Full piece here.
This is one of the least charitable views of the Middle-East, and Islam, that I’ve seen. It casts a cold eye upon the Muslim World, identifying its darkest tendencies as central to Islam itself.
On it, the Middle-East is comprised mostly of a bunch of tribes (some nomadic) which are cobbled together upon a later version of Judeo-Christian metaphysics called Islam, for which the penalty of apostasy is death. There is no State upon this vision (Westphalian or not), really only the Mosque, with the Caliphate being the end game.
As noted elsewhere, Islam does not really create a centralized political authority (like Rome). Additionally, on this view, its spread by conquest (the sword) is highlighted, which its adherents are always seeking to advance:
‘Its moment of religious transcendence was not that of the law or the spirit, but the sight of tribal rivalries uniting under a single green banner. The banner of Islam.’
After the conquest, presumably, Islam goes deep with its transcendental claims, profound metaphysics and daily rituals. It maintains authority by strict control of political, public, and social life, eventually planning for the next conquest to unite yet another tribe. It does this through prayer, service and eventually action as each person is required to submit the will in faith to God. In Islam, this is non-negotiable, and it’s also anathema to many in the post-Enlightenment West, accustomed as we are to separation of Church and State.
On Greenfield’s view, this is why ‘moderate’ Muslims cannot really be found by Western standards, because moderates aren’t really allowed by what he terms a ‘supremacist’ political/religious/moral philosophy that doesn’t create any space for them in the public square.
The analogy Greenfield uses is Gulags are to Communism what Al Qaeda is to Islam.
There are, of course (Greenfield stops at deeper divisions like racial or genetic categories) moderate people getting on with life the Muslim World: Pragmatists, wise men and idiots, politicians and poets, young people flush with the dreams and hopes of youth and old people who don’t particularly care.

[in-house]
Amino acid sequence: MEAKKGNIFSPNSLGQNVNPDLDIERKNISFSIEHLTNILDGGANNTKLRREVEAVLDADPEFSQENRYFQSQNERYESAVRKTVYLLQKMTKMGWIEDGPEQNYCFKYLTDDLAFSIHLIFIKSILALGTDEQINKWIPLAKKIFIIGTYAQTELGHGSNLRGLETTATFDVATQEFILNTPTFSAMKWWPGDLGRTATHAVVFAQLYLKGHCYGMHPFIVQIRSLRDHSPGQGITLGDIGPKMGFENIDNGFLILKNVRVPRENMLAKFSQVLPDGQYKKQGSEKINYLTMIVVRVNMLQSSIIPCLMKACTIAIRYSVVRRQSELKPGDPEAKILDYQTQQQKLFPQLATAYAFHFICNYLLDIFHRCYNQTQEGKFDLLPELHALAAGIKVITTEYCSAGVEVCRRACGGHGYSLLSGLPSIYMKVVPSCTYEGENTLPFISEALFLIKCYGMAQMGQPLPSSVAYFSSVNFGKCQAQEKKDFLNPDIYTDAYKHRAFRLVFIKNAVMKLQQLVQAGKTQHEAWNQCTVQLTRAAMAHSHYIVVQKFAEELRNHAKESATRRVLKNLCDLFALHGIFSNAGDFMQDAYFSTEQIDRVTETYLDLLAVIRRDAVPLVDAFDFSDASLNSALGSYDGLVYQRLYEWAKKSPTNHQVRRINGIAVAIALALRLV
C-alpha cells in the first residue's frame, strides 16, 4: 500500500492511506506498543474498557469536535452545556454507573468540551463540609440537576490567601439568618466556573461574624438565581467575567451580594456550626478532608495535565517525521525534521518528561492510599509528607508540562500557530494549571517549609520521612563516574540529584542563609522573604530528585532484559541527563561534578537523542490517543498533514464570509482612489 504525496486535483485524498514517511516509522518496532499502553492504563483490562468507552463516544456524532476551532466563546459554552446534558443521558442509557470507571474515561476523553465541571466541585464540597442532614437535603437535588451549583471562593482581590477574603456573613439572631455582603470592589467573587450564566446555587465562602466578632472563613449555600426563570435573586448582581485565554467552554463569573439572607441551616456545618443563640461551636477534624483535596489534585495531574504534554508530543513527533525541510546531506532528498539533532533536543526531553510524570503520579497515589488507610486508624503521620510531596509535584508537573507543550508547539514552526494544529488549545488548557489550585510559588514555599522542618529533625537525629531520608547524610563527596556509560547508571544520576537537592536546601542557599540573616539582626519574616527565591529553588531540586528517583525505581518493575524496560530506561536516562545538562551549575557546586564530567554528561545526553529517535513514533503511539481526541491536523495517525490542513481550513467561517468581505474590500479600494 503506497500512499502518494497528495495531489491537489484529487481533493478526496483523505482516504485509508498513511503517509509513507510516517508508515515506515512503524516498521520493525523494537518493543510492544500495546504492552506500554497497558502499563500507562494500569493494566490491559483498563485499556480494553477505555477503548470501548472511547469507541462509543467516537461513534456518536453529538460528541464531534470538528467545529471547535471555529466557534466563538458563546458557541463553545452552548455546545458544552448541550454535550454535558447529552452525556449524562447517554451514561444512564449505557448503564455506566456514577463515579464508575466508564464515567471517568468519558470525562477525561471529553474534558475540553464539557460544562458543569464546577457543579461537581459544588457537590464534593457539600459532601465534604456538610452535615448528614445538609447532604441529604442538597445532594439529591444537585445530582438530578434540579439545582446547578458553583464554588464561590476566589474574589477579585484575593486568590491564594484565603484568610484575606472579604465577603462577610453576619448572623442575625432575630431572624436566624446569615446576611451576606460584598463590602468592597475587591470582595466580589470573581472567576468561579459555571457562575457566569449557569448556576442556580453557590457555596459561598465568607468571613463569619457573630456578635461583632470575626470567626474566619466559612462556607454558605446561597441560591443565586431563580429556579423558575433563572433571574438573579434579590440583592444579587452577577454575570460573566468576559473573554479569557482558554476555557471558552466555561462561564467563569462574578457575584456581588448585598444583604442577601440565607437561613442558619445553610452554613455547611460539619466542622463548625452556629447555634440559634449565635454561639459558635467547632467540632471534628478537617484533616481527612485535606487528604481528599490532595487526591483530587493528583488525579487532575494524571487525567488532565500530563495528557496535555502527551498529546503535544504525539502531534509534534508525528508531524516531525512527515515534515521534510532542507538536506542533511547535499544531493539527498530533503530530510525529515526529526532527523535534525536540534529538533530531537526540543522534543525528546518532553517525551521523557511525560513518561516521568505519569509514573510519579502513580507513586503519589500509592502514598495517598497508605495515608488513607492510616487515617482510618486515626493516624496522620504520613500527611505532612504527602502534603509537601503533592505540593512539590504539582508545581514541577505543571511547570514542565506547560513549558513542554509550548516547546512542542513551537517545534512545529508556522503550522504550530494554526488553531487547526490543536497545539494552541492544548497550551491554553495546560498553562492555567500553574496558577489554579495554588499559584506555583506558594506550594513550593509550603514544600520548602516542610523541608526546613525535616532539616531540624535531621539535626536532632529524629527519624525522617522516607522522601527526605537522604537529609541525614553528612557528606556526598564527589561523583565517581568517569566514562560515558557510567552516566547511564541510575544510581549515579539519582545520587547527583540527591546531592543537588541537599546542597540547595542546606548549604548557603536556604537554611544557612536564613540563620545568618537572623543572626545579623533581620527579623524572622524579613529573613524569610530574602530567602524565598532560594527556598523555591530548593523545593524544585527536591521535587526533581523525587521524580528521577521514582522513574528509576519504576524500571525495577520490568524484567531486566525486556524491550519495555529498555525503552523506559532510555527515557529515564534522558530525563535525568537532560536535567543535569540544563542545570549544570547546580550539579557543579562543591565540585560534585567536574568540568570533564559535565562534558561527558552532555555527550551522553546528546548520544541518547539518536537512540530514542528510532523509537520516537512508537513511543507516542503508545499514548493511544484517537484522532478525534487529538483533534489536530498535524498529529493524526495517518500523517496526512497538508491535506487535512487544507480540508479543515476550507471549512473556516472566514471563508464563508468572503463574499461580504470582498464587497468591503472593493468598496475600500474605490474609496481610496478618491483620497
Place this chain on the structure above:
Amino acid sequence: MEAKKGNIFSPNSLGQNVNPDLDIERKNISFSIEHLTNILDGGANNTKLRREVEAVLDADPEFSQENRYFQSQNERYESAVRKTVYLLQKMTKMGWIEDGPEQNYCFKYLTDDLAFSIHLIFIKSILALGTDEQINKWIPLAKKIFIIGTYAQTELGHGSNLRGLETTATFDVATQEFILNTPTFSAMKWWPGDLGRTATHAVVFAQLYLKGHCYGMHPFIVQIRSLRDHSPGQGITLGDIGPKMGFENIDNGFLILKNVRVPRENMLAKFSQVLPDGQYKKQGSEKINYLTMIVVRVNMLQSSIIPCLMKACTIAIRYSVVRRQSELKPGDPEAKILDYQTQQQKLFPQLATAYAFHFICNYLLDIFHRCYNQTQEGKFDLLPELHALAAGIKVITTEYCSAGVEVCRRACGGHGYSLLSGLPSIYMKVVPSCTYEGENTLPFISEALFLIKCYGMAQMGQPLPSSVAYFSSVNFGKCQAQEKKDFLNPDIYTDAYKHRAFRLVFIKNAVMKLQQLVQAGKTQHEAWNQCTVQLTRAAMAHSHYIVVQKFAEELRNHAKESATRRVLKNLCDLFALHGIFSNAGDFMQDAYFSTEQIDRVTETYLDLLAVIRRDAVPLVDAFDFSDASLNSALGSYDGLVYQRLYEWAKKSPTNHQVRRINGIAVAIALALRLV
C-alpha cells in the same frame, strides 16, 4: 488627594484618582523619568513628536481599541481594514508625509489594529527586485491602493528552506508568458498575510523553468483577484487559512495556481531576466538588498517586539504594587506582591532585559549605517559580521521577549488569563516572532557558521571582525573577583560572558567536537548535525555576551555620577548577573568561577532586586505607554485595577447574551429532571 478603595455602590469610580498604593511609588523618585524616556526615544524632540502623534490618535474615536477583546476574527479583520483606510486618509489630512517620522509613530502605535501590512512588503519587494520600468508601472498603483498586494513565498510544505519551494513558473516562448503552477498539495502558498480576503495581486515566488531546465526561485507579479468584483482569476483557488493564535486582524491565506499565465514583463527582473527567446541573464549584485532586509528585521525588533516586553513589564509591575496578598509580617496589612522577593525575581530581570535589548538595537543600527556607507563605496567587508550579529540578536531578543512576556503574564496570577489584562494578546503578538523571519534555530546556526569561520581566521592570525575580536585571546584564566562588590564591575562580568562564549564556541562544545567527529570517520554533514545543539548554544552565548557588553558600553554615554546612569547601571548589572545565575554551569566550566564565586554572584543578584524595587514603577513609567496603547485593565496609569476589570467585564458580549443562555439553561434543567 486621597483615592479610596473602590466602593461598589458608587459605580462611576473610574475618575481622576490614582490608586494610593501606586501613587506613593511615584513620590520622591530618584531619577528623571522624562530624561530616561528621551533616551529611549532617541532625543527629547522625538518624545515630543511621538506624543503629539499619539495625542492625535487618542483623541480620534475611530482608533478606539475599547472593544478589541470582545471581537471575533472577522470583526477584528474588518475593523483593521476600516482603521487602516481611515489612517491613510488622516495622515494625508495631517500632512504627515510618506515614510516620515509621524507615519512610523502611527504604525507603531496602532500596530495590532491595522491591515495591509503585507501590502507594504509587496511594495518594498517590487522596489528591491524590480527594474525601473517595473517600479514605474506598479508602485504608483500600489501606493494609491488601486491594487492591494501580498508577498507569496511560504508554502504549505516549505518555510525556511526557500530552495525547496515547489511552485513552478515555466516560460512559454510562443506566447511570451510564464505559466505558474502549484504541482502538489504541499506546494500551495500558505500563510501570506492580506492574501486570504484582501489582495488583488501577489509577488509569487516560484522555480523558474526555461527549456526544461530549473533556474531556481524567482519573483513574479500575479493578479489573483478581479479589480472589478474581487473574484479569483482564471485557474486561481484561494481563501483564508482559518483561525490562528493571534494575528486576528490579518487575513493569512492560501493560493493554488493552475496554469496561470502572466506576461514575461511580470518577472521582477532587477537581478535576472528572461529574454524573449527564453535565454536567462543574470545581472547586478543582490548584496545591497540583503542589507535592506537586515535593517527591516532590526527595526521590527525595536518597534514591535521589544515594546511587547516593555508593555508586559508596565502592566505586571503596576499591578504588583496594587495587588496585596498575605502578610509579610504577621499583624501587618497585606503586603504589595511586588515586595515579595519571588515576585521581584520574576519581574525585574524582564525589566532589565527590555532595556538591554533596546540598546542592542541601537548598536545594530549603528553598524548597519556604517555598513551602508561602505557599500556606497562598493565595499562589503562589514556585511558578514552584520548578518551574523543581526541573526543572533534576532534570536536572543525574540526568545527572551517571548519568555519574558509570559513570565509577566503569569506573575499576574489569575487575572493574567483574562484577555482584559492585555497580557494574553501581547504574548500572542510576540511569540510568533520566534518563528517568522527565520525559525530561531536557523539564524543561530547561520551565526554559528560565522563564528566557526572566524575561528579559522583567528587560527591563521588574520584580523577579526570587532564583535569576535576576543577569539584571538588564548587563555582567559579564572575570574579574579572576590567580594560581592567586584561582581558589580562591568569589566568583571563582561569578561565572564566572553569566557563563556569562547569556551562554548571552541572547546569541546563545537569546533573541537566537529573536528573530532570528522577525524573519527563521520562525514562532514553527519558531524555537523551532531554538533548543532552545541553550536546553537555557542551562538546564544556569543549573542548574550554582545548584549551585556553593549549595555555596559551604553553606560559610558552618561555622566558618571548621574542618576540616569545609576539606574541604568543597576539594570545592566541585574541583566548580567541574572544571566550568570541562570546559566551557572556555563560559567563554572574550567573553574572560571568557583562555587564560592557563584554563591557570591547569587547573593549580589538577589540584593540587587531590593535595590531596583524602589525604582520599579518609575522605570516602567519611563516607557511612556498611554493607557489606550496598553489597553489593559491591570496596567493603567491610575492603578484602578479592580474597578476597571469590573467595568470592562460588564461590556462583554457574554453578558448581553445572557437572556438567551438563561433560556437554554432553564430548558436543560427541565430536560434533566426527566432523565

Yet, below the surface, lie the old tribal and family loyalties attached to ‘supremacist’ Islam. This drives Muslims onward with or without the imported models of Western Statecraft, colonial boundaries, waves of technology and ideology such as Communism, Capitalism, Humanism, etc that the West has sent their way. Such imports can be grafted onto the root, but the root remains.
This is why the West, according to our author, still insists in seeing the mirage of moderation projected upon the Middle East and Islamic societies through our foreign policy. We’re looking for familiarity which may not be there:
‘The two primary paradigms through which Western political elites see Islam, are that of tyranny on the right, and that of the evils of Western foreign policy on the left. Bush employed the former when he defined the problem as being one of tyranny, rather than Islam. Having defined the problem in terms of a majority of “Good Muslims” oppressed by “Bad Tyrants”, Bush tried to liberate the former from the latter, only to discover that there was a good deal of overlap between the two. Under Obama, we have seen the left implement its own construct of Islam, as popular resistance movements against colonial oppression, who are reacting to the evils of American foreign policy.
How much room is there for diplomacy and effective policy on the back of this analysis? On it, all Muslims are essentially supremacists, moral absolutists and many are tribal, semi-civilized nomads, never really worth trusting because the worst of them is the best of them.
Across any bargaining table would be someone from the Muslim world who sees you as either a potential convert or a body on the battlefield to global Muslim domination (or someone who eventually has to answer to a group of people who do). This isn’t exactly a pragmatic state of mind for folks in the U.S to be in when dealing with what may be an adversary, or even someone for whom there may be some temporary shared interest worth defining.
I suspect this analysis (with its truths) comes from a position of Jewish nationalism, the high tensions in Israel with a hostile Muslim world surrounding it (the Hamas charter refuses the right of Israel to exist), increasing anti-semitism in Europe, and a more left of center American administration seemingly abandoning Israel as we commit to liberal internationalist doctrine. This is what some Israelis are likely thinking.
Any thoughts and comments are welcome.
Thanks to a reader for the link.
Related On This Site: Samuel Huntington worked against modernization theory, and argued that a chasm between the West and Islam will be a primary source of post Cold-war conflict: Clash of Civilizations: From The Atlantic: Samuel Huntington’s Death And Life’s Work
His student, Francis Fukuyama and once neo-conservative (likely before working with the locals against Russians in Afghanistan and sometime after we invaded Iraq) charted his own course in The End Of History. From The American Interest Online: Francis Fukuyama On Samuel Huntington…he’s now taken that model of Hegelian statecraft home: Francis Fukuyama At The American Interest-’The Two Europes’
So, it wasn’t an Arab Spring, but there has been an erosion of the old rituals and control of the public square….more individualization that has affected the man on the Street, according to an Olivier Roy: Adam Garfinkle At The American Interest: ‘What Did The Arab Spring Really Change?’